Recovering When Your Family Does Not Support Your Sober Journey
Friends and family that don't offer support during your recovery can challenge your resolve. While in substance addiction treatment, you likely learned the importance of having a solid support system. Ideally, this includes your close friends and family, but that isn't always the case.
People who don't provide support, blame you for your substance addiction disorder (SUD) or make hurtful remarks are challenging to be around. When you have loved ones that won't or don't support your recovery, you can take steps to protect yourself from their negativity.
Not Everyone Will Understand
Recognizing that there will be people who don't understand substance addiction or the recovery process is essential for your relationship with them. Don't take their silence or negative behavior personally.
They may simply be in the dark about how addiction and its recovery process works. Their feelings about substance addiction or long-held beliefs can influence their treatment of you or their behavior. Where or how a person grew up can impact how they behave, and some may hold onto stigmas related to alcohol or drug addiction. Loved ones may even have been impacted negatively by another person with SUD.
What can you do? Maybe your friends or family need ways to learn about substance addiction. For example, ask if they'll consider family or group counseling. Another option is to guide them to resources, local community centers, or support groups like Al-Anon.
Be Generous With Yourself
If your family is not providing you with the support you need, it can be difficult, but it's not the end of the world. If this is the case, you must find another means of getting support and accountability. Before you can do that, though, you must find the resolve within yourself to do so and stay on the right path.
An excellent way to find support is to look within yourself. Find ways to boost your self-confidence and believe in yourself. Be aware of how you talk to yourself and show yourself kindness and gratitude even if you make a mistake. It's easy to become entangled in negative thoughts. If you don't have the natural support system of friends and family, you must be gentle with yourself as you figure out how to build a new support network.
The Benefits Of Self-Care
Self-care is a great way to take care of yourself and prepare your heart and mind to find outside help. Ask yourself what healthy activities improve your mood. A few ideas are:
A bath: Baths can be relaxing and give you some alone time.
Naps: Sometimes, your mind and body need a break to recharge.
Reading: Reading takes you into a different world. Immerse yourself in a good book and de-stress.
Physical activity: Exercise boosts your dopamine (your body's natural feel-good chemicals).
Self-care takes the focus off of those who are unsupportive and places your mental and physical well-being into your own hands. Some of your self-care routines can also act as bridges to conversations. Activities that are flexible and can include more than one person are opportunities to start a conversation. Sometimes, people are uncomfortable with face-to-face discussions. Talking while doing something like a puzzle or a yoga routine can create a comfortable, non-judgmental atmosphere.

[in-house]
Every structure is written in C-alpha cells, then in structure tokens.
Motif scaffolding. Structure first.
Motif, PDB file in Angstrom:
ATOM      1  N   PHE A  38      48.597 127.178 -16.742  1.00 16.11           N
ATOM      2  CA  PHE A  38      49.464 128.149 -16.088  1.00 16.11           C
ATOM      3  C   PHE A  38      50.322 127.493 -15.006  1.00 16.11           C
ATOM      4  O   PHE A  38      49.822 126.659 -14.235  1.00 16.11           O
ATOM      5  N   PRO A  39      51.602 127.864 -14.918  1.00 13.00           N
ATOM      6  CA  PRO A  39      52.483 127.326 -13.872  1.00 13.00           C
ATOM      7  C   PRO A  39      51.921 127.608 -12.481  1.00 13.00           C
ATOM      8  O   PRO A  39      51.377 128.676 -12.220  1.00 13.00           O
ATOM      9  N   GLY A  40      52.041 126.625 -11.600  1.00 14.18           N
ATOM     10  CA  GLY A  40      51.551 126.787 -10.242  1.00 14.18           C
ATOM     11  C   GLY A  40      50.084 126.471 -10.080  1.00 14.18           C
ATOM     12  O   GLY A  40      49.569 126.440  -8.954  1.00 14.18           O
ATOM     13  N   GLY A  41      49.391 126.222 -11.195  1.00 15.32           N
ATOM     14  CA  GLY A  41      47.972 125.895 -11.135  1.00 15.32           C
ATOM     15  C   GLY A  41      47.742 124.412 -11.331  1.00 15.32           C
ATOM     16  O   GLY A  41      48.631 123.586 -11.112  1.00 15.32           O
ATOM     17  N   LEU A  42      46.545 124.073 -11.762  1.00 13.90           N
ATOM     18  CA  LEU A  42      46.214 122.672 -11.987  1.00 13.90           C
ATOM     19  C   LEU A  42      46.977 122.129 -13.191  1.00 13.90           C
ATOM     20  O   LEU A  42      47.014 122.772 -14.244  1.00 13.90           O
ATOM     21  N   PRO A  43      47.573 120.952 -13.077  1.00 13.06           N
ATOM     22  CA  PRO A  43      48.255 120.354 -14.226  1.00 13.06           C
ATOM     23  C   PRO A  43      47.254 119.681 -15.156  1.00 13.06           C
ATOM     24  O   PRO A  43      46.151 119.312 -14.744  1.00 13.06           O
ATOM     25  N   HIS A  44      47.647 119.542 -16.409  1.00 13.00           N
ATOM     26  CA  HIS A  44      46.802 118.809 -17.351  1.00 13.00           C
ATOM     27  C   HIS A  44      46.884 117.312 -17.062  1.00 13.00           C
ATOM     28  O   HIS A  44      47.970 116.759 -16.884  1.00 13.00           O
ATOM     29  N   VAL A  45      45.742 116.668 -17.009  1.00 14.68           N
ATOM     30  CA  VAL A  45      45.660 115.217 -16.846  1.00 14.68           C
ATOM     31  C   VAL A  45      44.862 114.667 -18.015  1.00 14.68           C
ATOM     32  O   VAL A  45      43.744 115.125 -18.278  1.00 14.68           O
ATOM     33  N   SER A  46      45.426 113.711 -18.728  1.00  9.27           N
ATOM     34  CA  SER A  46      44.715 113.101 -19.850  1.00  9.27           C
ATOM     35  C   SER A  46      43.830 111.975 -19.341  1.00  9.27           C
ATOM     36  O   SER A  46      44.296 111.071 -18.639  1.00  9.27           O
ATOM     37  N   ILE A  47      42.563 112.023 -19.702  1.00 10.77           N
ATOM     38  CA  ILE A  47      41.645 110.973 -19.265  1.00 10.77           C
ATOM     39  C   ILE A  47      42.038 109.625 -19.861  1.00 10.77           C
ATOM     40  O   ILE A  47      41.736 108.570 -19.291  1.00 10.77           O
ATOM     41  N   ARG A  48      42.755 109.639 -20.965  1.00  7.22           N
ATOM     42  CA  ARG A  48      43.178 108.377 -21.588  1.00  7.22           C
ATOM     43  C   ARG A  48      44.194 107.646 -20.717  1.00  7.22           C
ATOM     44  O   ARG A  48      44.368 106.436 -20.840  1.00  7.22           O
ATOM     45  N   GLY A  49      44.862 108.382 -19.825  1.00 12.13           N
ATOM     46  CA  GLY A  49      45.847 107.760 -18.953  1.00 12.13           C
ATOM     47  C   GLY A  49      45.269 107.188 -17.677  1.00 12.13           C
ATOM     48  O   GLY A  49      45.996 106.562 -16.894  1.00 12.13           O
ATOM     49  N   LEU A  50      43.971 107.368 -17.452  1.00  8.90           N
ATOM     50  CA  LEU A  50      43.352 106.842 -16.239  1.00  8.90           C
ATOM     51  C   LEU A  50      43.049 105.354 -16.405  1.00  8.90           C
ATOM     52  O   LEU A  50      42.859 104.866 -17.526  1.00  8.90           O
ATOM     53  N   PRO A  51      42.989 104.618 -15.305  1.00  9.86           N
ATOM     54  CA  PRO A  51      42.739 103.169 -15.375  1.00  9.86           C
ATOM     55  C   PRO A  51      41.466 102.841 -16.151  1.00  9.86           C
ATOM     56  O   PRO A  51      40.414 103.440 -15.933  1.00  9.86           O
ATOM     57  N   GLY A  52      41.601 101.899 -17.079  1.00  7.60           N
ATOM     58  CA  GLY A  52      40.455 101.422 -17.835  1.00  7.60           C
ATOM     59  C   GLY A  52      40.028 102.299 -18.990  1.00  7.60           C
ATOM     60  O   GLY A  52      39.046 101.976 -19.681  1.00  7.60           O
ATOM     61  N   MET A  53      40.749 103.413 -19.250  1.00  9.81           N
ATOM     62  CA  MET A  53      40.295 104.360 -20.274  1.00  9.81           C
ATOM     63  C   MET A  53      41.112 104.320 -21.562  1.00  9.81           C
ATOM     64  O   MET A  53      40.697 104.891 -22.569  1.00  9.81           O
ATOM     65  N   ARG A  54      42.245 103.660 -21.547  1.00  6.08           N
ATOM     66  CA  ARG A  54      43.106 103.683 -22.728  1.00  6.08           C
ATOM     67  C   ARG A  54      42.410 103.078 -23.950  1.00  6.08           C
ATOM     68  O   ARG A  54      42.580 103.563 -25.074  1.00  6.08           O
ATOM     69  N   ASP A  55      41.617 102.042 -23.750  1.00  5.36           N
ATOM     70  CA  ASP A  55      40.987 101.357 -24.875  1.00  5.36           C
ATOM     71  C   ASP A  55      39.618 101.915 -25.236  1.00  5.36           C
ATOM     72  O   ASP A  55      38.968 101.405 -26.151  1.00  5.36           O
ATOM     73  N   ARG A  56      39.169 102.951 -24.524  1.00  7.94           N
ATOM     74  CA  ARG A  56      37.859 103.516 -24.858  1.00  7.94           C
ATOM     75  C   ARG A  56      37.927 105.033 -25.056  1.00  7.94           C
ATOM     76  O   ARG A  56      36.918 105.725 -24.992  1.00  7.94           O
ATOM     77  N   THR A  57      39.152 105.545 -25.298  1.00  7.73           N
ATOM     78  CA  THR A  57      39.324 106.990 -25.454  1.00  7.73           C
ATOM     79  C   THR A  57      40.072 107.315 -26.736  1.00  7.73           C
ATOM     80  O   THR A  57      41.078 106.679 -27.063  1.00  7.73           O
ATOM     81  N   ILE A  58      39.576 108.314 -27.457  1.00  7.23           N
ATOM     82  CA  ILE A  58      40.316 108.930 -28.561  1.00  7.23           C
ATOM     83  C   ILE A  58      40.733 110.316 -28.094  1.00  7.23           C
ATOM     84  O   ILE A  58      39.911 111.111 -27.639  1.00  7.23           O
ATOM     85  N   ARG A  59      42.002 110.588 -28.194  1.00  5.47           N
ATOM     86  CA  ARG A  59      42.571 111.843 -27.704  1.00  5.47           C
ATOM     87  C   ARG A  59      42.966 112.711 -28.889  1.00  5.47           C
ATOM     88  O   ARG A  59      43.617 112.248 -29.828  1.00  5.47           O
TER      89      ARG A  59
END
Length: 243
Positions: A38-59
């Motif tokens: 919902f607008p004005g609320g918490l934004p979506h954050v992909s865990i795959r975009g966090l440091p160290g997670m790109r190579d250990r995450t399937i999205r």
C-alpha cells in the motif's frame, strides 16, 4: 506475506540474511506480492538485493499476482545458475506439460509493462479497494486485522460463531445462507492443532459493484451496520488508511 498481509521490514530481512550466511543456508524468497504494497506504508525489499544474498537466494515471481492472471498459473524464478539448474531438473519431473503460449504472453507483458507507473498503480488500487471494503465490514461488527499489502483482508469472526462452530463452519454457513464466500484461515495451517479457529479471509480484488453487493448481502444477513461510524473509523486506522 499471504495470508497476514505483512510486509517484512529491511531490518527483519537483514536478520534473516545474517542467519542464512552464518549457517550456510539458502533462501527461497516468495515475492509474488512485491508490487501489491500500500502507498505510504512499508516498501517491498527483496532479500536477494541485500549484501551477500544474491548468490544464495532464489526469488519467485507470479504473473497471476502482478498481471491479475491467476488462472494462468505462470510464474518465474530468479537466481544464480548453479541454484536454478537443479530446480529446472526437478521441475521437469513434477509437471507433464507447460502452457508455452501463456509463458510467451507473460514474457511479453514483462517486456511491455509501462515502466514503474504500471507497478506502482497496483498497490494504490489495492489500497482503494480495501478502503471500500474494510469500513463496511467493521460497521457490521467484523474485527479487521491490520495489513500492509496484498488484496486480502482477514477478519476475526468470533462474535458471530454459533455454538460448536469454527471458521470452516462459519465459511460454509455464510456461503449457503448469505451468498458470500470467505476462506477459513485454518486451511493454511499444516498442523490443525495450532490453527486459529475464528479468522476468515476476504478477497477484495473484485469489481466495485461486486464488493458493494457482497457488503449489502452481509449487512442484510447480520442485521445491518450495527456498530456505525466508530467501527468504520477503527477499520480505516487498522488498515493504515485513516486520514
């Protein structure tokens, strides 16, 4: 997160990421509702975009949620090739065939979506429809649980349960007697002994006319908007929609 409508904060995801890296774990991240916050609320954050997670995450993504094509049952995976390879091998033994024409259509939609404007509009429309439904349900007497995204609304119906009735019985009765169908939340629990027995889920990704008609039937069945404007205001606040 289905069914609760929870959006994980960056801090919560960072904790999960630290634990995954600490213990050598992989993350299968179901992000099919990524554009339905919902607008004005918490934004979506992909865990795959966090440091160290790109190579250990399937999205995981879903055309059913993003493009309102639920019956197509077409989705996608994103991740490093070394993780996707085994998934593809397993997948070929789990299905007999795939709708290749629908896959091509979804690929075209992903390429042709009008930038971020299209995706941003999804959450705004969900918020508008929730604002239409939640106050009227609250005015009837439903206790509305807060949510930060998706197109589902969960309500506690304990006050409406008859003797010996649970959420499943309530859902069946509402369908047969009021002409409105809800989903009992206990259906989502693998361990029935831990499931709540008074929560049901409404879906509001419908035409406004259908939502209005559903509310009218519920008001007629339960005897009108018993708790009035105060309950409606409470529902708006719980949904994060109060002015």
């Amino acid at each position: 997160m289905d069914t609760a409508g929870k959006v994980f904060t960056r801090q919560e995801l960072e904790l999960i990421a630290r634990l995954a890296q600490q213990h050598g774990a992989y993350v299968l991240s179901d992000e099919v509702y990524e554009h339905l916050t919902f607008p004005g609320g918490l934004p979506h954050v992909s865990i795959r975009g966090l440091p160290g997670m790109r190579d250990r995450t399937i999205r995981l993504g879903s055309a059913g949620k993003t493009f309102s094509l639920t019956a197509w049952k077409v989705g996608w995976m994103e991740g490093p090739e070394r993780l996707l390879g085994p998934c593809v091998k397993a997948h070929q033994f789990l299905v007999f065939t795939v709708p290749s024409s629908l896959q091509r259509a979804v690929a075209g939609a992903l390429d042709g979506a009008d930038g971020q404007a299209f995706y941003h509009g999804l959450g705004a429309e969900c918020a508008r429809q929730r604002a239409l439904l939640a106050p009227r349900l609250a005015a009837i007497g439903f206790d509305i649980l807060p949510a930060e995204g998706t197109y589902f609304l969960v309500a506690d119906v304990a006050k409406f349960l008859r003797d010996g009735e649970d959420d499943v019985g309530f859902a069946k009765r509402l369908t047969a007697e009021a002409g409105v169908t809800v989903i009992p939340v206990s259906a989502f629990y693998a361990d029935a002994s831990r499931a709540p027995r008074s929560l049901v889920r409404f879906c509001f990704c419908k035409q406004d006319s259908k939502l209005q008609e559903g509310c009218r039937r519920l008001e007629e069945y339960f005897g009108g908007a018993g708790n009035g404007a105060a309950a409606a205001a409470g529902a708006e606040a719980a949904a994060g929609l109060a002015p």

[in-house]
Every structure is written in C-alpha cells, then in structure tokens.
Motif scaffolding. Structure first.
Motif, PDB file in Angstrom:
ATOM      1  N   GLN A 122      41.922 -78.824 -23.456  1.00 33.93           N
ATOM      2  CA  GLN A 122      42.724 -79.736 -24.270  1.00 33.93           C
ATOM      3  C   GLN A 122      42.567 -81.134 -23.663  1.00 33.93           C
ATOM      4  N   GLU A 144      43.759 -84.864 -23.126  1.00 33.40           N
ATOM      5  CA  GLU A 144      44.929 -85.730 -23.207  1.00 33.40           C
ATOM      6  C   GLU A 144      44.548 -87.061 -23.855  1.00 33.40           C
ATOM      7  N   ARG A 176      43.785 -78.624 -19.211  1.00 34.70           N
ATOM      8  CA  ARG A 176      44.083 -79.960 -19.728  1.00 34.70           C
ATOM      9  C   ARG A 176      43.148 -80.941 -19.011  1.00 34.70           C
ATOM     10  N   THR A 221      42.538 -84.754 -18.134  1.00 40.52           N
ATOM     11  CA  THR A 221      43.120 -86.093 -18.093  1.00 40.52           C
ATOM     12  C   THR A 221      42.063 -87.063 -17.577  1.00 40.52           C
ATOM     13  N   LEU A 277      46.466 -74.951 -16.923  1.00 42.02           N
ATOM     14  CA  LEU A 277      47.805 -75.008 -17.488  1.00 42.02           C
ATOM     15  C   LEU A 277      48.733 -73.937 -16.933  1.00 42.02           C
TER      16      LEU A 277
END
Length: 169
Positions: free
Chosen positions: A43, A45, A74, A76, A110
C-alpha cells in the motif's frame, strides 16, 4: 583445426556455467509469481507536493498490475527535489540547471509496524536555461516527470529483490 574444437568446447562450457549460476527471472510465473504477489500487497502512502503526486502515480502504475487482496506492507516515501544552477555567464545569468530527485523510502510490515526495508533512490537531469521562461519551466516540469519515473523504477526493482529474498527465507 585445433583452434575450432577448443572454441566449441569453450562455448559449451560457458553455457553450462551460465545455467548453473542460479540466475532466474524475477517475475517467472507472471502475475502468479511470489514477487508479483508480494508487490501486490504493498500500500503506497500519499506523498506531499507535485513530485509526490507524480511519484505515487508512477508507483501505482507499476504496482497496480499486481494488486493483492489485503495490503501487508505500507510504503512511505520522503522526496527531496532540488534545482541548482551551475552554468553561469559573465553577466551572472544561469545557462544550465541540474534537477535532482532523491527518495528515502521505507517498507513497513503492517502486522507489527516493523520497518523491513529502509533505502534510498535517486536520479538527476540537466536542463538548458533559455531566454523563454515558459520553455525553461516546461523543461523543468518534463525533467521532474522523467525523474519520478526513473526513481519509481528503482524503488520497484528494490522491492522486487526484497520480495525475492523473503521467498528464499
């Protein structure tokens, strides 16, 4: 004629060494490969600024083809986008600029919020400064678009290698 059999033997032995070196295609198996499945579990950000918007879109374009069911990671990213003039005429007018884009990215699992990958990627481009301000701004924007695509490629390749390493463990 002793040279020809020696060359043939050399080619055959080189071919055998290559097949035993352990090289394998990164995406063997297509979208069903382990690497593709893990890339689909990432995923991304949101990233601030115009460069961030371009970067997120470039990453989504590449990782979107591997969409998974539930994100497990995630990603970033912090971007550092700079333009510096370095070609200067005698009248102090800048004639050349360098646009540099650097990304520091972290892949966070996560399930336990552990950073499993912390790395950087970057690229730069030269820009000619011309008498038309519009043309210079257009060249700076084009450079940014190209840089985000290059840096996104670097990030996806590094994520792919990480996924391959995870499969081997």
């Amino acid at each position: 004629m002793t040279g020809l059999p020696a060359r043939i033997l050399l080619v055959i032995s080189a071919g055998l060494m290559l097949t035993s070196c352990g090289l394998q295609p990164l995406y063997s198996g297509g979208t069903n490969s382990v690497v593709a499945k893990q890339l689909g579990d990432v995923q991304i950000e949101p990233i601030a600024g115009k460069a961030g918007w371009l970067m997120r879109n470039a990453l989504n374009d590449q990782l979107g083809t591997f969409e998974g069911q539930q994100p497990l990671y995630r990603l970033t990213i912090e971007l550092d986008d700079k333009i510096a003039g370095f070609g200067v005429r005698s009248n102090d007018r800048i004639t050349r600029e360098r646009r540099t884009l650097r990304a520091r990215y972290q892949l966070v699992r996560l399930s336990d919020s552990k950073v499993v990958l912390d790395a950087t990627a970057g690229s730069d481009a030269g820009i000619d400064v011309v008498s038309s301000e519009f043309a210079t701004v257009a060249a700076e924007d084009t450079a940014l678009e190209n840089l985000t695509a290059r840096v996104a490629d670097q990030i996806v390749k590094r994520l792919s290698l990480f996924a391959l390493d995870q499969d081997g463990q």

A friend or family member may want to be there for you but aren't emotionally or physically at a point where they can. People can have difficulties supporting you if they're going through their own hard times.
For instance, if a friend you thought would support you ghosts you, find out what is going on in their life before you give up on them. They may be dealing with something emotionally taxing and, like you, they need to heal and use their support system.
Let them know you are there for them, and you would like to talk to them when they are ready.
Holding a Difficult Conversation
Telling a loved one about a hard time you're going through or that you need their support takes courage and some forethought. Here are some tips to help you have a smooth conversation:
Prepare for the talk: Springing heavy topics on people isn't the best idea. Your loved one may feel attacked and go on the defense. A constructive conversation won't happen if everyone feels aggravated. Instead, ask your loved one to set aside a time and place to talk. A neutral or comfortable spot can put everyone at ease.
Be direct: Talk directly to the person, not over the phone or through a third party.
Avoid blame or shame: Blaming or shaming someone can make them put up their walls and stop listening.
Don't interrupt: If the other person has something to say, let them say it. You can't expect them to hear you if you won't listen to them.
Actively listen and respond: If you don't understand what your loved one said, ask them to repeat or clarify their statement.
Eye-level matters: Whether you're sitting or standing, try to maintain equal eye levels. Sitting above or below someone can unbalance the dynamic.
Remain calm: Try to keep your voice relaxed and even. When emotions seep into your voice, the message can be lost.
Don't reduce yourself to negative behaviors: Name-calling, yelling, swearing, or insults never work.
Be upfront: Be clear about what you want to happen.
Avoid the urge to be "right": Instead, be open to their thoughts and feelings.
Maintaining Your Recovery Requires A Solid Support System
Unfortunately, not everyone in your social network may be willing to be there for you. Loved ones may have a reason they aren't capable of providing support. Assess what is going on in their life, past, or beliefs they hold. Take a personal inventory of your life and how you treat yourself and rely on what you learned in treatment.
The Edge Treatment Center guides you through building healthy relationships through positive conversation. We know a robust support system is crucial to your recovery, and we're here to help you create one. To learn more, call (800) 778-1772.